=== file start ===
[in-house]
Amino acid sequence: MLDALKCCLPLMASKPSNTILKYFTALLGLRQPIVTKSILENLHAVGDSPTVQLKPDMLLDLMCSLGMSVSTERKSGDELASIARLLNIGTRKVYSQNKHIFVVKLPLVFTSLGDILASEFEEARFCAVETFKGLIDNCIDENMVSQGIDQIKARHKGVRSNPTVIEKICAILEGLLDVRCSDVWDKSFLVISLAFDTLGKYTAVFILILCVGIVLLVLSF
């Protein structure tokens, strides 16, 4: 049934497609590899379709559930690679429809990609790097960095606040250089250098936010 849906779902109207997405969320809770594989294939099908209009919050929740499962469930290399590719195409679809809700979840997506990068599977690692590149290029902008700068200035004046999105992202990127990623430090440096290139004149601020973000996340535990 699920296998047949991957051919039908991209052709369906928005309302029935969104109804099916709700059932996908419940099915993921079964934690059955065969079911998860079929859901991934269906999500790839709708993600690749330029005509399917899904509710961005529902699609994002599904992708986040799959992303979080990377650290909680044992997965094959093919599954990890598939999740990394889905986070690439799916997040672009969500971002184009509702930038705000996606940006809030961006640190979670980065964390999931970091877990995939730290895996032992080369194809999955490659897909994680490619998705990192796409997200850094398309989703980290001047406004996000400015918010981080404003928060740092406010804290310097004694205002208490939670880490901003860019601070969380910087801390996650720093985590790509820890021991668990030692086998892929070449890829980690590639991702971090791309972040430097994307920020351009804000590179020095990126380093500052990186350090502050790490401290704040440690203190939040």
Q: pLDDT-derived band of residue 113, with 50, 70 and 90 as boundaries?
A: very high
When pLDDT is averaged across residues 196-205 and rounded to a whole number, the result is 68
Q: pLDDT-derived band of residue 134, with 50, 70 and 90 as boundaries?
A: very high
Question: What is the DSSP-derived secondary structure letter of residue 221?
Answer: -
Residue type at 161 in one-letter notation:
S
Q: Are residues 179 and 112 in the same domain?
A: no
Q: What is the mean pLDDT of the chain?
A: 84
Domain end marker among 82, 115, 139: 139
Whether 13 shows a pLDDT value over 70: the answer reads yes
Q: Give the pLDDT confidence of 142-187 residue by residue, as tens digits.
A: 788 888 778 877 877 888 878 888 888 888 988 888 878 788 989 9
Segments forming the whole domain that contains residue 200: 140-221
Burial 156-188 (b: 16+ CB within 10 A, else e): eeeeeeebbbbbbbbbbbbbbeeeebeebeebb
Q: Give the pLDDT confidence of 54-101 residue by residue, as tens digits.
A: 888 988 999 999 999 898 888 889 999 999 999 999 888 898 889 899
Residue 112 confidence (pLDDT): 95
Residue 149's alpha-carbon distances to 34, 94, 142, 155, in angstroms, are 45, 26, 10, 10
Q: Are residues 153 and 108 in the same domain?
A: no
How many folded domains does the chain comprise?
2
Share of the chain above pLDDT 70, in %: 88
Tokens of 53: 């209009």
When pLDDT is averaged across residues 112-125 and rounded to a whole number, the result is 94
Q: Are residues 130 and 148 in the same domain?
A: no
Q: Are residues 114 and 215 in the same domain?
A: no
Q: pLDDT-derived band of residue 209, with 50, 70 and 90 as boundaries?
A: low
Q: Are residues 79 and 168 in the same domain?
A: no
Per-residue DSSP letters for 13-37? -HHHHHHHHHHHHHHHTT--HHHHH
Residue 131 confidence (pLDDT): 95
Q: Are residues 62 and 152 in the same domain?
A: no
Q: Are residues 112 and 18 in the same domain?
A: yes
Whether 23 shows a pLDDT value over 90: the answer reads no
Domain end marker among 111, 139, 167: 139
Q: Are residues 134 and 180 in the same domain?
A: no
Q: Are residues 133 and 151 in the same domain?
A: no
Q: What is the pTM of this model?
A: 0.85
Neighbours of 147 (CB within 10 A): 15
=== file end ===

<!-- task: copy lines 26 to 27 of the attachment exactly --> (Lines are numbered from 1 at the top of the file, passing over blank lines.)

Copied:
Residue 149's alpha-carbon distances to 34, 94, 142, 155, in angstroms, are 45, 26, 10, 10
Q: Are residues 153 and 108 in the same domain?